Toy Symphony culminates in worldwide performances that highlight and promote the new music created for and by children. The performances include a full orchestra playing traditional instruments with electronic enhancements, a number of local children using Music Toys, world class conductors like Kent Nagano, and a celebrated hyper-soloist such as violin virtuoso Joshua Bell. The concert program will feature several new compositions for orchestra, children and Music Toys. The pieces are outlined as follows:

 

Designed as the opening piece for Toy Symphony, Tod Machover's overture for symphony and electronics is a kind of Young Persons's Guide to the Future Orchestra. "Sparkler" (premiered at Carnegie Hall in October 2001) takes listeners on a compact but dramatic journey while pushing the boundaries of orchestral potential. Microphones capture and analyze instrumental sound masses, allowing the players to generate and control (pushing, pulling, twisting, and morphing) complex electronic extensions and turning the whole ensemble into a kind of 'hyperorchestra'. Through its delicate, sinuous melodies and rapturous, scintillating textures, "Sparkler" reflects the energy, innocence, imagination, vulnerability, and rapid passing of childhood.

 

Composed by Gili Weinberg of MIT Media Lab, "Nerve" is based on the interplay between pre-composed rhythmic musical motifs and improvised "shaping" by the participants. It is performed by 6 kids and 2 professional percussionists playing an interconnected network of Beatbugs. In the piece players send their motifs through a stochastic computerized "Nerve" center to be transformed and developed by the group. The piece starts in a clear manner that conveys the development of each motif over time and gradually grows into a rich and constantly evolving polyphonic texture which is driven by the tension between the systemís chance operation and the playersí improvised decisions.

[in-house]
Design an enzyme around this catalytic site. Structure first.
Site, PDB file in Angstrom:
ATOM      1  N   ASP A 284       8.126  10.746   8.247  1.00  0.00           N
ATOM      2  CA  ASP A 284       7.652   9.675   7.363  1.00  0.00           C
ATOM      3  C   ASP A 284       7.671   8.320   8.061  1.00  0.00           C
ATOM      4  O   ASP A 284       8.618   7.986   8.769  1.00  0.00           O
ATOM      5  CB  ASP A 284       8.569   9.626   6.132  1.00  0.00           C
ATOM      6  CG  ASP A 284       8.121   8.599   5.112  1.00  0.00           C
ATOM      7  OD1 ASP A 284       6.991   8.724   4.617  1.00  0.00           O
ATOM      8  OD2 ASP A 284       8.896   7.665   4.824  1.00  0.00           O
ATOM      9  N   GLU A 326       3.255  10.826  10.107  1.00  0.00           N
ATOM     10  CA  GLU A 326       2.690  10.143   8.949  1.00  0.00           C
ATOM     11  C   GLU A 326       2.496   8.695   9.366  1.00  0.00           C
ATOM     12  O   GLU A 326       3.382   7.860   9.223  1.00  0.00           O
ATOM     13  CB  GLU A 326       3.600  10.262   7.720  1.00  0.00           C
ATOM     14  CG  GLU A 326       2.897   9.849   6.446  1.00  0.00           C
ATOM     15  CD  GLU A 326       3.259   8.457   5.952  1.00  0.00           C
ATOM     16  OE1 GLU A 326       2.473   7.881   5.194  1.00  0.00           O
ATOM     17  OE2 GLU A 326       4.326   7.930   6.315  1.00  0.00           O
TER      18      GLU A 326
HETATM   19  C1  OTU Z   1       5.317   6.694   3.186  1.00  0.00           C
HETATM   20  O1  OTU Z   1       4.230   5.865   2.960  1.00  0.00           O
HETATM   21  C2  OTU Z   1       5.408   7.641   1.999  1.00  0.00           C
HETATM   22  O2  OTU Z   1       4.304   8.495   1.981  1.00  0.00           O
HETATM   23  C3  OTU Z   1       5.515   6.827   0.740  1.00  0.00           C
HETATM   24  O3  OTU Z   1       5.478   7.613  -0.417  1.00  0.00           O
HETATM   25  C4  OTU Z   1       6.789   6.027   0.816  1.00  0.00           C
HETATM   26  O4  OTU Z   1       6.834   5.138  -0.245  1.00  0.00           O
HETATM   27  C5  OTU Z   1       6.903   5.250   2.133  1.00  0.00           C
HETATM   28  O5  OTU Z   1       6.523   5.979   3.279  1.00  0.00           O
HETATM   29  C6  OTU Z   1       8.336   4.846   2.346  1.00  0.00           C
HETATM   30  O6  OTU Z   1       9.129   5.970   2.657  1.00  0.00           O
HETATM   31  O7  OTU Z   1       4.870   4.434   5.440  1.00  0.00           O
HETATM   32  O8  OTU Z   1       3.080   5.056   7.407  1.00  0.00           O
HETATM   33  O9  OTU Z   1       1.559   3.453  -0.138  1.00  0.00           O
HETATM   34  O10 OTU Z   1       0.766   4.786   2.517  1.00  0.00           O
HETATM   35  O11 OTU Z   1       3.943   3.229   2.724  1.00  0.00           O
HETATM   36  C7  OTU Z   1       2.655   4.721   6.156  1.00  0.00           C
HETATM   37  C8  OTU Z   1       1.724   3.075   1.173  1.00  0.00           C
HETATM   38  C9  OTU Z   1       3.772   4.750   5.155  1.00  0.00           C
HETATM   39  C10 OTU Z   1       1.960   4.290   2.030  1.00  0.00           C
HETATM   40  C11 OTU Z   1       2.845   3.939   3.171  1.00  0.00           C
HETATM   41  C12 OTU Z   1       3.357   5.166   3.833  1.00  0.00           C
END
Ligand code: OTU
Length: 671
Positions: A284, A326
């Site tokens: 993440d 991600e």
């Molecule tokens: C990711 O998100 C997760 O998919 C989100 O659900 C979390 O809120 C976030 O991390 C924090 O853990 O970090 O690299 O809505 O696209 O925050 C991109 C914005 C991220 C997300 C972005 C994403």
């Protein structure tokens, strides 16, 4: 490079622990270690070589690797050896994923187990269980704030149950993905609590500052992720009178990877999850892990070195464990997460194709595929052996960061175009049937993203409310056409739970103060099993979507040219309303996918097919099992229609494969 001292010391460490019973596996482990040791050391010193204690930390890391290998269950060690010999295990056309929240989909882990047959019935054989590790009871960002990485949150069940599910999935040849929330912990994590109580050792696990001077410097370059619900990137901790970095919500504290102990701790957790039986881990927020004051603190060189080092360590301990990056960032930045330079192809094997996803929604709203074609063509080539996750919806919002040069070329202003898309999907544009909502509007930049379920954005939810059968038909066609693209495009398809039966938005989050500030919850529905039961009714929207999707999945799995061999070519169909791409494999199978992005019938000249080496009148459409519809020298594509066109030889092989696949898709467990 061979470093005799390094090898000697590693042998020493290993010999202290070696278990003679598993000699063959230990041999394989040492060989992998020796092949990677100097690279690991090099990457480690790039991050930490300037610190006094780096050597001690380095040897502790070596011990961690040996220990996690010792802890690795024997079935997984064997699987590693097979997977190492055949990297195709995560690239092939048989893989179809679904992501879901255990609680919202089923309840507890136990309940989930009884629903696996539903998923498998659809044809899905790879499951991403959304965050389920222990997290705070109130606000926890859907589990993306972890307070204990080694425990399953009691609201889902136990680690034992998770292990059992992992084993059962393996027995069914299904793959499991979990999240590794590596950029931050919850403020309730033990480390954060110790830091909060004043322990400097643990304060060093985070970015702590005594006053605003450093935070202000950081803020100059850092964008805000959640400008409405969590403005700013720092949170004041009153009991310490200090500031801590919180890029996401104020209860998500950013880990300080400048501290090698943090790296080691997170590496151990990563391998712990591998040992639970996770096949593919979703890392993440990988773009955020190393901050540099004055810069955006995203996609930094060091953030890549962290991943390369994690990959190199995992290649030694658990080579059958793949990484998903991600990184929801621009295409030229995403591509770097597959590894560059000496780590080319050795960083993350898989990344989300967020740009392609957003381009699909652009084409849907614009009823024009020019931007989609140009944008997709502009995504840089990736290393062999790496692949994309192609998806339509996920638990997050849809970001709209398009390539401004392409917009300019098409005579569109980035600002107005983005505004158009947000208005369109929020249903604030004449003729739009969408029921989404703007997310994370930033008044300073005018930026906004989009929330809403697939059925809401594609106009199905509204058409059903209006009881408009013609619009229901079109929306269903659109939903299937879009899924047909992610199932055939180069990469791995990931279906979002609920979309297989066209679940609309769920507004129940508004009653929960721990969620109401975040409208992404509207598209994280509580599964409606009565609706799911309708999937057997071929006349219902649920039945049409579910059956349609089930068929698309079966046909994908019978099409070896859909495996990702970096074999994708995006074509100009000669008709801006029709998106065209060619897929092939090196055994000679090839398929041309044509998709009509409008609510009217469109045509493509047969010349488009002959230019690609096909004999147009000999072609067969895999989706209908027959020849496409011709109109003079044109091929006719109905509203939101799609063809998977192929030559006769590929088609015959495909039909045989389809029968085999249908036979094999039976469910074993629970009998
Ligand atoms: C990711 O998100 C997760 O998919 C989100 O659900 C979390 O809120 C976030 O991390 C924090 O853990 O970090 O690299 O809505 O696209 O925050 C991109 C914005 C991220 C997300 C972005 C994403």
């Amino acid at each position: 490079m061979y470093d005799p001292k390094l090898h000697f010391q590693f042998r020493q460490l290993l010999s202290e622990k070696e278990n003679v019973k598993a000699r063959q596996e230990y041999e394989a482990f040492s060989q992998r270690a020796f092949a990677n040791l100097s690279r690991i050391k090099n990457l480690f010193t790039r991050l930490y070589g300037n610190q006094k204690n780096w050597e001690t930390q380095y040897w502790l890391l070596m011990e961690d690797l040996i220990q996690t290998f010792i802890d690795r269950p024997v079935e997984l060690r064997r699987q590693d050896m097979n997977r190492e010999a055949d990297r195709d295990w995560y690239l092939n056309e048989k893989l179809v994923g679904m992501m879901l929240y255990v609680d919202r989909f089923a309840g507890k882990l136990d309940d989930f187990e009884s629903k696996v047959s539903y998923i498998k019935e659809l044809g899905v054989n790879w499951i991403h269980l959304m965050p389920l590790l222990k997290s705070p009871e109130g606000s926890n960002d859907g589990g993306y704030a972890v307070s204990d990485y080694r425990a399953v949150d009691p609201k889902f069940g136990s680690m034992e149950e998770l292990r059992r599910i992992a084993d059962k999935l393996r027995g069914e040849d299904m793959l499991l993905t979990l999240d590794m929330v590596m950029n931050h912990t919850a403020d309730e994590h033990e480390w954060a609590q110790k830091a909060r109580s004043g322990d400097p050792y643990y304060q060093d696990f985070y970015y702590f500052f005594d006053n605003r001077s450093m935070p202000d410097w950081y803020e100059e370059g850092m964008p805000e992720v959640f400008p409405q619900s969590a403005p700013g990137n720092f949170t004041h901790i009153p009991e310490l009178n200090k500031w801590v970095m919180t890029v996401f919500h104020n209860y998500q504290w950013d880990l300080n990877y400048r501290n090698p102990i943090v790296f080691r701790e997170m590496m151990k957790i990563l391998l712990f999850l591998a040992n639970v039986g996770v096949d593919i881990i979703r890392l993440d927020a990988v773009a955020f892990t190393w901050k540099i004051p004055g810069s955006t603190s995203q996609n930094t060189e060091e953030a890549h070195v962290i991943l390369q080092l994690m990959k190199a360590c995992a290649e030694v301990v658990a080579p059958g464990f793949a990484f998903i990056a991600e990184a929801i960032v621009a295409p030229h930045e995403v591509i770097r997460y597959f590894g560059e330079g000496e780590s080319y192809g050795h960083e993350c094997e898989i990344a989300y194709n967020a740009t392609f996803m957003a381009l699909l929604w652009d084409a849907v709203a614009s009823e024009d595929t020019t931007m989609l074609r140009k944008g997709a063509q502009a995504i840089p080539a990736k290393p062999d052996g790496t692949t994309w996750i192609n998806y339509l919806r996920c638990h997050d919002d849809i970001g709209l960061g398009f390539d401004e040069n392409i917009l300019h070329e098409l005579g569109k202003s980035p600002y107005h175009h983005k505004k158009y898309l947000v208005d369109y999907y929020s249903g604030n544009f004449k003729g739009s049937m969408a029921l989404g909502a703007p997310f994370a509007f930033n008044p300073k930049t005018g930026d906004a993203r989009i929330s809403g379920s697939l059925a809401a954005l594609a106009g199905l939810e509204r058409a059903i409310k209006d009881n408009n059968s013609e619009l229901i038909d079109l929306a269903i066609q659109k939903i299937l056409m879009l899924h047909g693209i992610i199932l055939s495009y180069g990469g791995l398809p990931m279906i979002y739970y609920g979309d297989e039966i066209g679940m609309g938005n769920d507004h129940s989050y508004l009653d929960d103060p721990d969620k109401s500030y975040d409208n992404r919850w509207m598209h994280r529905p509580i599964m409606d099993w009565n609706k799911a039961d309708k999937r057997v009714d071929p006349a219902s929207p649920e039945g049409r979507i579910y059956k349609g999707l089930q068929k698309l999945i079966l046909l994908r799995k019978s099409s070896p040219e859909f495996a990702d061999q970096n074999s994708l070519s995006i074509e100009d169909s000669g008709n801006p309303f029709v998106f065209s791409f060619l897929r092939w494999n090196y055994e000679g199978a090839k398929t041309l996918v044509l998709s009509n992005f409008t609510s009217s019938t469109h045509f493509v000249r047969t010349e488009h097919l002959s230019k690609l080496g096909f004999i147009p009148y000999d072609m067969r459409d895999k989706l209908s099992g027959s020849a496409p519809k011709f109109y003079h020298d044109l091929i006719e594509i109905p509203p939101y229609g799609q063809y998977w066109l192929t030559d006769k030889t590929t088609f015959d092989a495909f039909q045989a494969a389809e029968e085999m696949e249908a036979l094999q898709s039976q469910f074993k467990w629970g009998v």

Young French composer Jean-Pascal Beintus wrote "Nature Suite", a short piece divided into four movements corresponding to the four seasons of the year, for four children playing Music Shapers accompanied by the orchestra. In each movement the Music Shapers are used to play different sounds, which describe the atmosphere of the season.

 

In each city, local children compose original pieces using Hyperscore. The conductor chooses the best from several compositions, and the pieces are automatically transcribed into standard notation for performance by the string section of the orchestra.

 

A special transcription of Paganini's Caprice No. 24 was developed to show off some of the potential of the new Hyperviolin techniques. Created to be performed by Joshua Bell on his acoustic Stradivarius, it uses only a microphone and a couple of foot pedals to turn the violinistís playing into a swirling spiral of violin sound, doubling or tripling his sound, or delicately reinforcing or modifying its timbre, all under his expressive control.

 

Machover's culminating work involves all he participants in the project (children, orchestra, hyperviolinist) as it ties together all the musical elements of Toy Symphony in a single dramatic narrative. The two-movement work is a story about the experience of childhood shared between child and adult.